Actor Sean Penn, known for his role as Jeffi Spicoli Fast Times at Ridgemont High and Jimmy Markum in Mystic River, recently explained why he believes American men have become “wildly feminized.”
Speaking with British website inews, Penn told the outlet, “There has been an absence of male behavior.”
He went on to state, “I am in the club that believes that men in American culture have become wildly feminized.”
“I don’t think that being a brute or having insensitivity or disrespect for women is anything to do with masculinity, or ever did. But I don’t think that [in order] to be fair to women, we should become them,” he declared.
Penn would elaborate on those comments in an interview with fellow British website The Independent.
First, he reiterated, “I think that men have, in my view, become quite feminized.”
“I have these very strong women in my life who do not take masculinity as a sign of oppression toward them. There are a lot of, I think, cowardly genes that lead to people surrendering their jeans and putting on a skirt,” he said.
While he believes that men and especially American men have become feminized, Penn also believes that white American men have an entitlement problem.
Speaking about his latest film Flag Day and his character in the film, The Independent reports that “He feels that John has something in common with the ‘white American male entitlement’ that he sees around him in so many today.”
Penn would explain what he meant saying, “Or rather, I should say, [in the] belief that this American Dream that was promised [to] them entitles them to it. And that is a very hard wiring to correct.”
Penn is no stranger to critiquing American culture. Back in July 2021, Penn appeared on Conan O’Brien’s “Conan O’Brien Needs A Friend” podcast where he talked about the rigid casting decisions Hollywood studios are enacting for certain groups of people.
Discussing his performance as Harvey Milk in the 2008 film Milk, Penn said, “It brings up an interesting point, another one I think a lot about these days. Today, almost certainly I would not be permitted to be cast in that role.”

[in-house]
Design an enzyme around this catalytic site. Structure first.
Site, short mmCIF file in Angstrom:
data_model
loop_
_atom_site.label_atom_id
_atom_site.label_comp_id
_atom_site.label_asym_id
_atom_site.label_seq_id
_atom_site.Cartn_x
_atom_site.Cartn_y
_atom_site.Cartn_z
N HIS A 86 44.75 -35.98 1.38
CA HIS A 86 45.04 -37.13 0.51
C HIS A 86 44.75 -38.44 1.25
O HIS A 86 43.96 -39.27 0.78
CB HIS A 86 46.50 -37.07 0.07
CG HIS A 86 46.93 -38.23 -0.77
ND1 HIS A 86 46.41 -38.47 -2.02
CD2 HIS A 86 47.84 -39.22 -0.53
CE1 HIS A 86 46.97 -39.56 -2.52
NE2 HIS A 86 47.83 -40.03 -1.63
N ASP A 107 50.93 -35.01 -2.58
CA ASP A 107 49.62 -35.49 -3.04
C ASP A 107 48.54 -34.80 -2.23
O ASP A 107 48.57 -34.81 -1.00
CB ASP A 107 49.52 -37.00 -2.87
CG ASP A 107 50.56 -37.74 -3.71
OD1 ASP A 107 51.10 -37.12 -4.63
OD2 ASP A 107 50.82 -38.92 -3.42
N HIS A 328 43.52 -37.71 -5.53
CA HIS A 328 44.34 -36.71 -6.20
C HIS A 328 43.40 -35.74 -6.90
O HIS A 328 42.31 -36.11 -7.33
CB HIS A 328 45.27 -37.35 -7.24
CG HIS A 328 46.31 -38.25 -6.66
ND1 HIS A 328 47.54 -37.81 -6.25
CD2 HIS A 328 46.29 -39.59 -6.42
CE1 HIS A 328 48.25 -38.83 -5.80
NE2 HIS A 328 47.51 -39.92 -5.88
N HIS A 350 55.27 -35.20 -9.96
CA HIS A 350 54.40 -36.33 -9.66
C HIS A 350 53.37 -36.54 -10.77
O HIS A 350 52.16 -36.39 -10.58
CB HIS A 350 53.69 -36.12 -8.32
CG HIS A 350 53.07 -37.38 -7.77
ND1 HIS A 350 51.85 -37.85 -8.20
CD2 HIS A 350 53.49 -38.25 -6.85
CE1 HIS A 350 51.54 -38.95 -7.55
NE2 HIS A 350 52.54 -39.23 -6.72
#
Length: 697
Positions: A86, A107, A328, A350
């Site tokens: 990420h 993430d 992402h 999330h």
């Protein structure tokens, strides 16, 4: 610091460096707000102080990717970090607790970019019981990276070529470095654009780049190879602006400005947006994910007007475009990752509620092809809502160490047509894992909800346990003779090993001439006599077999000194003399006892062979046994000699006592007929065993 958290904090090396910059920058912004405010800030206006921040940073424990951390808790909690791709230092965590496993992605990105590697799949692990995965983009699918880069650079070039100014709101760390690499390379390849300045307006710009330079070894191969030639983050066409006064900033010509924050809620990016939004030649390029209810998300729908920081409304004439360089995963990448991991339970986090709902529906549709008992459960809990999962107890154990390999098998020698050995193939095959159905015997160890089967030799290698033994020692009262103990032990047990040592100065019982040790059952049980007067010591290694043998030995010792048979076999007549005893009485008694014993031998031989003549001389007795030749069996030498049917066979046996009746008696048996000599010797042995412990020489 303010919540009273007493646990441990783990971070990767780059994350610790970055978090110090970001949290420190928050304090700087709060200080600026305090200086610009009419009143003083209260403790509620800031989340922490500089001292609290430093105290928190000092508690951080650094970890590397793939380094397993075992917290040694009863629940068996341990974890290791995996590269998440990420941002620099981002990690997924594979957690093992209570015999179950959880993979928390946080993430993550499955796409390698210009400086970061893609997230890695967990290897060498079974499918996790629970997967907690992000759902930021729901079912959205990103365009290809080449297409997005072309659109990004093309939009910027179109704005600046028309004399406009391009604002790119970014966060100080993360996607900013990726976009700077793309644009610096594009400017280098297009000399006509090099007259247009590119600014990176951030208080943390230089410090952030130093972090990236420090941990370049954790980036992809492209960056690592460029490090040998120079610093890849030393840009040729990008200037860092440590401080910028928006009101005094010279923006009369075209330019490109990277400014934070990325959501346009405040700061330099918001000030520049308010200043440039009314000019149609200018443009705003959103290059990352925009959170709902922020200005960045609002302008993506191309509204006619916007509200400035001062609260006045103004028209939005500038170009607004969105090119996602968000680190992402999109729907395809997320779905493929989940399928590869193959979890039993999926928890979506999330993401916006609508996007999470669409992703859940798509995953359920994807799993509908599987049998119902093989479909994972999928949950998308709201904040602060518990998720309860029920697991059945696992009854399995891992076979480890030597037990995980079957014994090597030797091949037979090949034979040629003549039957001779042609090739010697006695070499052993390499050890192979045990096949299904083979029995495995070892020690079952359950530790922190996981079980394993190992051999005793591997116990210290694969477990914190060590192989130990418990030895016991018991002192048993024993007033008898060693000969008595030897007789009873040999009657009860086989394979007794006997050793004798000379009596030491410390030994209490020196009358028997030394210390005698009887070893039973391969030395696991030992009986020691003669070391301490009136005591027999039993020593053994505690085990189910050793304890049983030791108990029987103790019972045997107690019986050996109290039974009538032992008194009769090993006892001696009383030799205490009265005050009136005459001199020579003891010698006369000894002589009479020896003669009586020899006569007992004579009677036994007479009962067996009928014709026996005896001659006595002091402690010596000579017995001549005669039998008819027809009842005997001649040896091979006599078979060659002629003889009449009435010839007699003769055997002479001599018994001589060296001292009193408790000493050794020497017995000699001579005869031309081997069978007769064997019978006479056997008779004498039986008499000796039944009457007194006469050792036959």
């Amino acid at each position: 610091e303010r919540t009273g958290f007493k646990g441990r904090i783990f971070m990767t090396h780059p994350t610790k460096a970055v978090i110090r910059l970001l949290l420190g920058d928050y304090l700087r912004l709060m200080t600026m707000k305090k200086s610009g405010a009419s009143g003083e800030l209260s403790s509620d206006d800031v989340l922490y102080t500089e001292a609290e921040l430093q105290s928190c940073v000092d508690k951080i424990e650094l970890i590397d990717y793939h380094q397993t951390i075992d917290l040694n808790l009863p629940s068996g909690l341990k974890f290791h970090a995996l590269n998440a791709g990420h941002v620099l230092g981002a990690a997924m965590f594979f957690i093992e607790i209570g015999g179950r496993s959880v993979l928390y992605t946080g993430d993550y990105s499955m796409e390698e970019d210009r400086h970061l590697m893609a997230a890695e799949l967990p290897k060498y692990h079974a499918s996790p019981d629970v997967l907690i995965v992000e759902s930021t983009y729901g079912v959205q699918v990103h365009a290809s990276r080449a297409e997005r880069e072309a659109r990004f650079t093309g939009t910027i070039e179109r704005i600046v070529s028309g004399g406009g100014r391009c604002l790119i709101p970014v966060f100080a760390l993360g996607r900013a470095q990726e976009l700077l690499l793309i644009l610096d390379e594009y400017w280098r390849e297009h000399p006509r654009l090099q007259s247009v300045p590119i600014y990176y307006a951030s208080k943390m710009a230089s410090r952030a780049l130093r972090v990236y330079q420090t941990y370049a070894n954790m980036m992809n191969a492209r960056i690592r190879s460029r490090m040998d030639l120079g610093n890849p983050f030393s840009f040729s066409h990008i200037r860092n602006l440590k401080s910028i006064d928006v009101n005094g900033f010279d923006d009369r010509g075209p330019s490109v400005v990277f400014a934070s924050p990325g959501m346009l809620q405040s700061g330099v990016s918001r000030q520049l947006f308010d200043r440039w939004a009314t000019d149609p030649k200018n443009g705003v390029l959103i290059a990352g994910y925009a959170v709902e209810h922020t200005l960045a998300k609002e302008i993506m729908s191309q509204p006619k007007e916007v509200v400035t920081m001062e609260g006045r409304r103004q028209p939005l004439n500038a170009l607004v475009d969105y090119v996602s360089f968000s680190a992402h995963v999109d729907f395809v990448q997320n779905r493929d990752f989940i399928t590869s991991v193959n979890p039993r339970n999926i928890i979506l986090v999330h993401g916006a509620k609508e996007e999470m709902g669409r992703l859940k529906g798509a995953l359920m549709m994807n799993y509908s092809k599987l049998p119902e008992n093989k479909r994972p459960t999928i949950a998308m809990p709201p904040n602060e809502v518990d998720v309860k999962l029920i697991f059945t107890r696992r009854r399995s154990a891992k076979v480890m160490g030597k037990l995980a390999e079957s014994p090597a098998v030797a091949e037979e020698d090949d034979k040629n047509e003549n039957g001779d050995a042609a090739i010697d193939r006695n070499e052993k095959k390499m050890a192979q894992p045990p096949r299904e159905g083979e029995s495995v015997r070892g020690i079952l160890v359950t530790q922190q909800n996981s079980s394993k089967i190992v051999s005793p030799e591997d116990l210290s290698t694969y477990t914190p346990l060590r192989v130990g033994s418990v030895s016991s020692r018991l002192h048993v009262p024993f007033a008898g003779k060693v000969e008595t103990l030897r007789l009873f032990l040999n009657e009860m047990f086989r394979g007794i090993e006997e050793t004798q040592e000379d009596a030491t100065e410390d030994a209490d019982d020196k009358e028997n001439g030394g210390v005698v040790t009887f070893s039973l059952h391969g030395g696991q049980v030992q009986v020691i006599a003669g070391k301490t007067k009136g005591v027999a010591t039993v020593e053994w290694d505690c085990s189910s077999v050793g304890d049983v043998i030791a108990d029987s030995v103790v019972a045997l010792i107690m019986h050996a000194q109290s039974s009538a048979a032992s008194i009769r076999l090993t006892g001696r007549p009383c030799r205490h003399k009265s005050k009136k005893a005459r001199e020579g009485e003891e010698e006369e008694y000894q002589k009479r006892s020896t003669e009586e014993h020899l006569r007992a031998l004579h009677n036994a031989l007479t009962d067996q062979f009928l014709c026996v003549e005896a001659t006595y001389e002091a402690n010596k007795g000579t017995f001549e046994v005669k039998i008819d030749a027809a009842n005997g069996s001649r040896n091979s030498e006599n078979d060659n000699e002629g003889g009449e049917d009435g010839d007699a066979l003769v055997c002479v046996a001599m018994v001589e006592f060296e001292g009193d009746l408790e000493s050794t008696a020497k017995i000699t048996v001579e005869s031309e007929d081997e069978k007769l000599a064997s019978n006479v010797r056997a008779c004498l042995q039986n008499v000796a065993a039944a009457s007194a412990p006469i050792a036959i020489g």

“We’re living in a time where, if you’re playing a gay lead character, you’d have to be a gay man, or a trans character. And there have been these casting issues,” he elaborated.
Penn went on to state, “It does go back to, again, some of what we were talking about earlier finding a balance. When you have a period of evolution that certainly has an opportunity for people who have had less opportunities to move forward. That has to be supported, and yet in this pendulum swing society that we’re in, you wonder at some point if only Danish Princes can play Hamlet.”
“It is, I believe, too restrictive. People are looking for gotcha moments and to criticize. And it is mostly those on the sidelines. Those who are not otherwise getting work be they white, black, male, female,” he continued.
“When I have conversations with colleagues of all stripes, on a private basis, it is almost universally agreed on. And it is only when people stand up at podiums that it becomes this very militant view about it. And the only position anyone can take is to sort of sit back, and keep listening, and keep watching, and see where balance can be achieved,” Penn added.
What do you make of Penn’s recent comments on American men and his past comments on Hollywood’s “restrictive” identity politics style casting?